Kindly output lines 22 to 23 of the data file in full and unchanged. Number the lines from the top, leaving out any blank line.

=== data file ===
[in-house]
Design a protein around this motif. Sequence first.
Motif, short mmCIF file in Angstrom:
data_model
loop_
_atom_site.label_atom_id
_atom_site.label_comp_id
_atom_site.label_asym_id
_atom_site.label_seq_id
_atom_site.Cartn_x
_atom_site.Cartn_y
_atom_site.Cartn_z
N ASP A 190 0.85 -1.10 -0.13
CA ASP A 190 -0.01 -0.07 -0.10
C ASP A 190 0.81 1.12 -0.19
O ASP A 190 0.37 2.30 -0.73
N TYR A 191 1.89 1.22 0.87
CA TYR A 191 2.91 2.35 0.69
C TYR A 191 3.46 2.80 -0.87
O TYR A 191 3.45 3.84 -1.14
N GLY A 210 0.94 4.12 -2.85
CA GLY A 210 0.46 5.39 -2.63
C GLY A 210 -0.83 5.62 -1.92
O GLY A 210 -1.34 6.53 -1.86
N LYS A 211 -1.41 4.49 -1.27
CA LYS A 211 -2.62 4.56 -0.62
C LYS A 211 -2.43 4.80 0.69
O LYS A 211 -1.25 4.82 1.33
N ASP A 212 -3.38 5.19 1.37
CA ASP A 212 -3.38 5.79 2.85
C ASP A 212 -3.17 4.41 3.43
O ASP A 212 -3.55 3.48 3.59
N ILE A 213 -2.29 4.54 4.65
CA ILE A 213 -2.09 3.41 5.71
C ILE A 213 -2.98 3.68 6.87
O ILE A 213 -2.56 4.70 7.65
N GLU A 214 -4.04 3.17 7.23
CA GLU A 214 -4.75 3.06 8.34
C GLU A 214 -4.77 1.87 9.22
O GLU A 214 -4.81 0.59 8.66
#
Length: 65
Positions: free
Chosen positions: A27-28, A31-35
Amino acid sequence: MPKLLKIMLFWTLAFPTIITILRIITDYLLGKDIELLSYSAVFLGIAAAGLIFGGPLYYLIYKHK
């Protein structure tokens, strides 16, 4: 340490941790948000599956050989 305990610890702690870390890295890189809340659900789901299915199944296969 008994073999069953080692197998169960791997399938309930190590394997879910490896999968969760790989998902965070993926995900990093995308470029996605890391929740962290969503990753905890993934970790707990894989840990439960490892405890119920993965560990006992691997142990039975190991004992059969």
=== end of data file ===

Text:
CA GLY A 210 0.46 5.39 -2.63
C GLY A 210 -0.83 5.62 -1.92